‘… as matters stand, in order that the Administrators can be confident that they will be able to make payments to furloughed employees, there must be a mechanism found under the insolvency legislation to justify payment of such wages and salary in priority to other claims against the Company. In my judgment, the only realistic candidates which could enable such payments to be made are paragraphs 99 and 66 of Schedule B1.’ (paragraph 36)
Prior to analysing the identified legislative provisions, Justice Snowden considers whether the Variation Letter was valid to vary the contracts of employment of the employees that it had been sent to, and finds that it varied the contracts of employees who accepted its terms but did not for employees that either rejected its terms or had failed to respond.
Moving on to consider paragraphs 66 of Schedule B1 to the Act, Justice Snowden observes that the paragraph - that enables an administrator to make payments outside of the normal rules of priority if they think it is ‘likely to assist achievement of the purpose of administration’ - has proven useful to administrators in dealing with particular difficulties arising in administration. However, after assessing the potential of the provision to assist, reaches the conclusion that -
'In the circumstances, I do not propose to express any concluded views on the potential applicability of Paragraph 66 in the current situation. I will say, however, that I am attracted by the possibility that, as with cases such as MG Rover Espana SA A  BCC 599 … Paragraph 66 might be an appropriate way in which the Administrators could fill any gaps, or deal on an ad hoc basis with particular issues of detail that might arise in relation to the implementation of the Scheme.’ (paragraph 112)
Justice Snowden highlights that the focus of the case should in fact be on paragraph 99 - that deals with charges and liabilities on an administrator’s vacation of office - noting that it is clear that the provision includes (under subparagraph 5) powers specifically designed to give administrators the ability and obligation to pay wages or salary to employees where the contracts have been 'adopted' following the period of 14 days after an administrator’s appointment.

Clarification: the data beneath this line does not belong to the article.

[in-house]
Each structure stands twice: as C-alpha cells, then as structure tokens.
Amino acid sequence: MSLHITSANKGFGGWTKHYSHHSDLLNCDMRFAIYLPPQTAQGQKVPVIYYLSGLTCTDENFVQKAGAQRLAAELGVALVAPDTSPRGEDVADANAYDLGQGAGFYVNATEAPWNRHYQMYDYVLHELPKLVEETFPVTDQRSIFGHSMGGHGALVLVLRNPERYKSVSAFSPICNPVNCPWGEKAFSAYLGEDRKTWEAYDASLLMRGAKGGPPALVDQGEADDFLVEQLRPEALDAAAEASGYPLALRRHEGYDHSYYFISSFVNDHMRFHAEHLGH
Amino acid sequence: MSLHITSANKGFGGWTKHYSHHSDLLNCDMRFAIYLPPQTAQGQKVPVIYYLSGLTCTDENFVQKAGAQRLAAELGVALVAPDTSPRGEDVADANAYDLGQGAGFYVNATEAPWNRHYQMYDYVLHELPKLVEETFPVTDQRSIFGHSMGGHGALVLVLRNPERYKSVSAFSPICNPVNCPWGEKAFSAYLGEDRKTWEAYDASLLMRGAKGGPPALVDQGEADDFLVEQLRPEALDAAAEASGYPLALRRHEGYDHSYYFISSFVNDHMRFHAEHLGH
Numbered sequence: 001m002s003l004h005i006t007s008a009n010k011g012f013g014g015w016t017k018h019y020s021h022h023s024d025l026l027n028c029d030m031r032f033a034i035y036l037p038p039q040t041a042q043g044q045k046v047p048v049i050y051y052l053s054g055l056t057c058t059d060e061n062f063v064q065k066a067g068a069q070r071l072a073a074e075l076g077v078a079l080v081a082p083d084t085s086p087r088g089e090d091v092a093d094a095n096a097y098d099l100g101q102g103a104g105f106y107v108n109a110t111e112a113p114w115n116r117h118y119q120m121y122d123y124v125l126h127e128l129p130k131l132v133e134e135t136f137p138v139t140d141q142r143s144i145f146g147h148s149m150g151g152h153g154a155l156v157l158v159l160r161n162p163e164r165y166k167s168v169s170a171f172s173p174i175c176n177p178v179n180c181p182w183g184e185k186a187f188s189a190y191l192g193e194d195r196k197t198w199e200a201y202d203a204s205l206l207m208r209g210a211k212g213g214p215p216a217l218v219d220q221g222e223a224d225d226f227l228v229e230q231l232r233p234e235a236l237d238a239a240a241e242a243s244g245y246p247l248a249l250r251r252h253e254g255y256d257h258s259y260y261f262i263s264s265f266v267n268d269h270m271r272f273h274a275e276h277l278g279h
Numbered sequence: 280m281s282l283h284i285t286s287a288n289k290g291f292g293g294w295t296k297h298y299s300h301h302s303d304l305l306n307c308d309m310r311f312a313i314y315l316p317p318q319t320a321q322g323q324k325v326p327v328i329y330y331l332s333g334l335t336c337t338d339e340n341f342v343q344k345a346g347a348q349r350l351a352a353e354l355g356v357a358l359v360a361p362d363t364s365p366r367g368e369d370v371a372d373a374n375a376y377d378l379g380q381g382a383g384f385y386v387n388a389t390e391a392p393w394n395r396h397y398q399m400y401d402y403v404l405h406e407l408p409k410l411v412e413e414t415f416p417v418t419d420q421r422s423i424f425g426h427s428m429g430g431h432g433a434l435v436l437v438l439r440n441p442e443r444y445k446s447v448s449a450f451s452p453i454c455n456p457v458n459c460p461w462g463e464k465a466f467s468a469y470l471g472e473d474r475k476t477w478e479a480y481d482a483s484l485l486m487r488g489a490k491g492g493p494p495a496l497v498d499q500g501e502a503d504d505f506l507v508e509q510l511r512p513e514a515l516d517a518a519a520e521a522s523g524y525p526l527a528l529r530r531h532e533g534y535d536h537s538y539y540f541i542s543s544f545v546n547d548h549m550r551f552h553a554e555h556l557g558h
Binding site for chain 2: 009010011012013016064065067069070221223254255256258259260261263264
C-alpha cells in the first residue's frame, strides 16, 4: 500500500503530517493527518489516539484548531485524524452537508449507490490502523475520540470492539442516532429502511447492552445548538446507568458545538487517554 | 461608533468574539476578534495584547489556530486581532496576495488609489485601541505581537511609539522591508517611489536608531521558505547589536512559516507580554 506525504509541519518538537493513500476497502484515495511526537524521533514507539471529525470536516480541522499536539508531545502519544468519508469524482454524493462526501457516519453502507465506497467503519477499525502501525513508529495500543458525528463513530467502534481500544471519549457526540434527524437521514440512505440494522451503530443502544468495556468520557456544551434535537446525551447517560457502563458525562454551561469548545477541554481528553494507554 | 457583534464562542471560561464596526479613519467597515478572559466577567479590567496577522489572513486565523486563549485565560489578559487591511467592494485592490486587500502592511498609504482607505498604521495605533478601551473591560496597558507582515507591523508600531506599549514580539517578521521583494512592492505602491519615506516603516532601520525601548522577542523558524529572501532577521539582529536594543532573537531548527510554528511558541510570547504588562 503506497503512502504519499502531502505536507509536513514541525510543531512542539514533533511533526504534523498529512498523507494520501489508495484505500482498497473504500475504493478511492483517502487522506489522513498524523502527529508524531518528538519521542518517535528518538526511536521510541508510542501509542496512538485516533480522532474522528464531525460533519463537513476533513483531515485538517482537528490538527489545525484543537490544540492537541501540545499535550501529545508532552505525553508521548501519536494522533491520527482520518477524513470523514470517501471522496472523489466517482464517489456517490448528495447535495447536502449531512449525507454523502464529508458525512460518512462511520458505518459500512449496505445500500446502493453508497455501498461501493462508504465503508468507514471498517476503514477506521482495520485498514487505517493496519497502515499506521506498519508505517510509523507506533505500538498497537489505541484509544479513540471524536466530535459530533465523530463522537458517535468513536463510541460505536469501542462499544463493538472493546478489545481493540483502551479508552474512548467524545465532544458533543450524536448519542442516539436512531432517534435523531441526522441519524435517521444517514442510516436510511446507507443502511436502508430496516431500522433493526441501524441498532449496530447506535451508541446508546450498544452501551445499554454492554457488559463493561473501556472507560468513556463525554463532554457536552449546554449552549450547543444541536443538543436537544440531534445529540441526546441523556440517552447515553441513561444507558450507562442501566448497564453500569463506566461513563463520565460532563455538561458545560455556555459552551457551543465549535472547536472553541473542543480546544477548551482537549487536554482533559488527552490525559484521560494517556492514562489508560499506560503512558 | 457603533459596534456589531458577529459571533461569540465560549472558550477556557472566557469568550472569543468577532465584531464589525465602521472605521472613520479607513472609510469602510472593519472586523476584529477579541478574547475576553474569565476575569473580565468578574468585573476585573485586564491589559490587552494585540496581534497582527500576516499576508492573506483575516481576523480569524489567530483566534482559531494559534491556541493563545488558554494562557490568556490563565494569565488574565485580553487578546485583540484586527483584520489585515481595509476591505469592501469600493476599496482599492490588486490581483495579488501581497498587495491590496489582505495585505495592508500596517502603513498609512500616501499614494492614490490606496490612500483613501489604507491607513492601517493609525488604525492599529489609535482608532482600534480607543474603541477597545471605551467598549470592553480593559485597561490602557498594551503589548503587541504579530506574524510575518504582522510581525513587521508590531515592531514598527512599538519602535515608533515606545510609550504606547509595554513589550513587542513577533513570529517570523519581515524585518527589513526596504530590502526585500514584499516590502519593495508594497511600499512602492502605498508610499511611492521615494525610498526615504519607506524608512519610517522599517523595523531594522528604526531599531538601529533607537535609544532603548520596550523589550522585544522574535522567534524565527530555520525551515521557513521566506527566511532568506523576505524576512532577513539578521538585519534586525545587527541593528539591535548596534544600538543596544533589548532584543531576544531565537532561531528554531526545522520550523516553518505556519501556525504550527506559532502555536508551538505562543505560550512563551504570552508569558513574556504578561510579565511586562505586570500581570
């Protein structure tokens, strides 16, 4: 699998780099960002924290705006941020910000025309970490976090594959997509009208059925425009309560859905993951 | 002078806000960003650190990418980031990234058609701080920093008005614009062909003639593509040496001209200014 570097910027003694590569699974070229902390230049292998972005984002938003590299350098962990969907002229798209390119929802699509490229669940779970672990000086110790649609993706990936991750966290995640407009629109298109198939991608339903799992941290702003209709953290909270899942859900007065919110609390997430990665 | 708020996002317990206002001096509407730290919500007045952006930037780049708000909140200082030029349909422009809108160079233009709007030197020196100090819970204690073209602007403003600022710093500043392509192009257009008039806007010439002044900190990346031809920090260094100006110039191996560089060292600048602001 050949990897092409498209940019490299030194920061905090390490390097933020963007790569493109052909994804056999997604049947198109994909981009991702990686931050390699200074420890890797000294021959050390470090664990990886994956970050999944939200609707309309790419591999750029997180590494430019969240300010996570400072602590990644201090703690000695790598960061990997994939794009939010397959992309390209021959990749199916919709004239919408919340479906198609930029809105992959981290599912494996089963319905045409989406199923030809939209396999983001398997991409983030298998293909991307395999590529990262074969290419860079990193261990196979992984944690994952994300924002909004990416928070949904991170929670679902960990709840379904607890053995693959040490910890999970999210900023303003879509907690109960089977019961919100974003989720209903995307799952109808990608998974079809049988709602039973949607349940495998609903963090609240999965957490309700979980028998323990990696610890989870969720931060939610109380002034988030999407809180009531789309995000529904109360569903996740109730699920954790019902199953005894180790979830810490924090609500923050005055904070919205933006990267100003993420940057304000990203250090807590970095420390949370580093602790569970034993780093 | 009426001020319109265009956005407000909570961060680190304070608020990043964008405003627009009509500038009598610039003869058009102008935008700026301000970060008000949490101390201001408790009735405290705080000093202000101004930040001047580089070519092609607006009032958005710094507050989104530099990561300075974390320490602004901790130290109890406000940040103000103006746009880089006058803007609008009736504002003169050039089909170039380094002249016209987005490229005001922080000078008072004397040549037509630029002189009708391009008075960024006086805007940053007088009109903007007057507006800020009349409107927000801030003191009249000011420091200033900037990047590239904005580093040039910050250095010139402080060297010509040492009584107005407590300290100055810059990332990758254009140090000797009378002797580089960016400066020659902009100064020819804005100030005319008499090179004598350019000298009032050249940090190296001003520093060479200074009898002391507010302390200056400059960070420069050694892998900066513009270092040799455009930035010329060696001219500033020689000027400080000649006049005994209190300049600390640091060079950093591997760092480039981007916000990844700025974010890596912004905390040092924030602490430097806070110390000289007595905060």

Considering whether, and when, the Administrator can adopt the employees' contracts, Justice Snowden holds that -
‘… the Administrators would be doing an act which could only be explicable on the basis that they were electing to treat the varied contract as giving rise to liabilities which qualify for super-priority.
Accordingly, I consider that such steps would enable super-priority payments to be made to the furloughed employees under Paragraph 99(5) using the grant monies as and when received under the Scheme; or in the alternative would enable payments to the employees to be made from other funds of the company, which would be reimbursed when the grant money was paid. (paragraphs 91 and 92)
Summarising the outcome of the hearing, and giving directions contained in an Annex to the judgment, Justice Snowdon says that -
‘The conclusions that I have reached in relation to Paragraph 99 and the directions that I have given will enable the Administrators to proceed to implement their proposals for furloughing most of the employees of the Company without fear that they will be criticised in the future for acting inappropriately. That will be so even if the legal conclusions that I have reached turn out to be wrong or are overtaken by events or detailed legislation giving effect to the Scheme.’ (paragraph 111)
NB - the directions issued by Justice Snowden note that they are made -
'... without prejudice to any argument which an employee may seek to raise as to the true legal position, and subject to any legislation or regulations that may subsequently be enacted to give effect to the CJRS.'
In addition, they include that the contracts of employees who have consented to the Variation Letter will be adopted by the Administrators if an application to the CJRS is made.
13 April, 2020